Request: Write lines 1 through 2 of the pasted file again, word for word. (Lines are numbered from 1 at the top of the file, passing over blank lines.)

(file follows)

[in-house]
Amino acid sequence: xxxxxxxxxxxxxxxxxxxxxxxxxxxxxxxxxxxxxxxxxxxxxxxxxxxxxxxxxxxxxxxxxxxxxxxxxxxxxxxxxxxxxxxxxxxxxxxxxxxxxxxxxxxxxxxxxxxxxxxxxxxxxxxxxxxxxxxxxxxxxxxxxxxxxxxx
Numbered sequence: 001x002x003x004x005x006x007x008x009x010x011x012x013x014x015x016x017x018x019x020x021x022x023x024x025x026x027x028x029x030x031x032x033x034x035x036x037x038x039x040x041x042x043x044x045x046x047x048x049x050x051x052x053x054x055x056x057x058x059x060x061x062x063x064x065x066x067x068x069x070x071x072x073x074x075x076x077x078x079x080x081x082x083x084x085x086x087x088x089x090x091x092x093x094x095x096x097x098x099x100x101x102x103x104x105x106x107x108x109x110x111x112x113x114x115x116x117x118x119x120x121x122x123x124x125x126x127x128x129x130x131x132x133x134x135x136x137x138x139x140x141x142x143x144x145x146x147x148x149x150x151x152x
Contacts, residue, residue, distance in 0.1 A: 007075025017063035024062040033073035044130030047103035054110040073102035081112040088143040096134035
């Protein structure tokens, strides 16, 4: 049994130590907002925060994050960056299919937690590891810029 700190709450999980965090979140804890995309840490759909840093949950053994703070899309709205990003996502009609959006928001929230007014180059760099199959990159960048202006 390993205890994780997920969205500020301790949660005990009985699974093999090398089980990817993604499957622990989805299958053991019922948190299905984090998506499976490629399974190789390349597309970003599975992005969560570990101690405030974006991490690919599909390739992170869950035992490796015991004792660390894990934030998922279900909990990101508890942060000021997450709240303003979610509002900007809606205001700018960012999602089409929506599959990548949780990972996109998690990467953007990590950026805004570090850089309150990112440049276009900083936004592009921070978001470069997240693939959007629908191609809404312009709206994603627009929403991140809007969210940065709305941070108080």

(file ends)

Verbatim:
[in-house]
Amino acid sequence: xxxxxxxxxxxxxxxxxxxxxxxxxxxxxxxxxxxxxxxxxxxxxxxxxxxxxxxxxxxxxxxxxxxxxxxxxxxxxxxxxxxxxxxxxxxxxxxxxxxxxxxxxxxxxxxxxxxxxxxxxxxxxxxxxxxxxxxxxxxxxxxxxxxxxxxx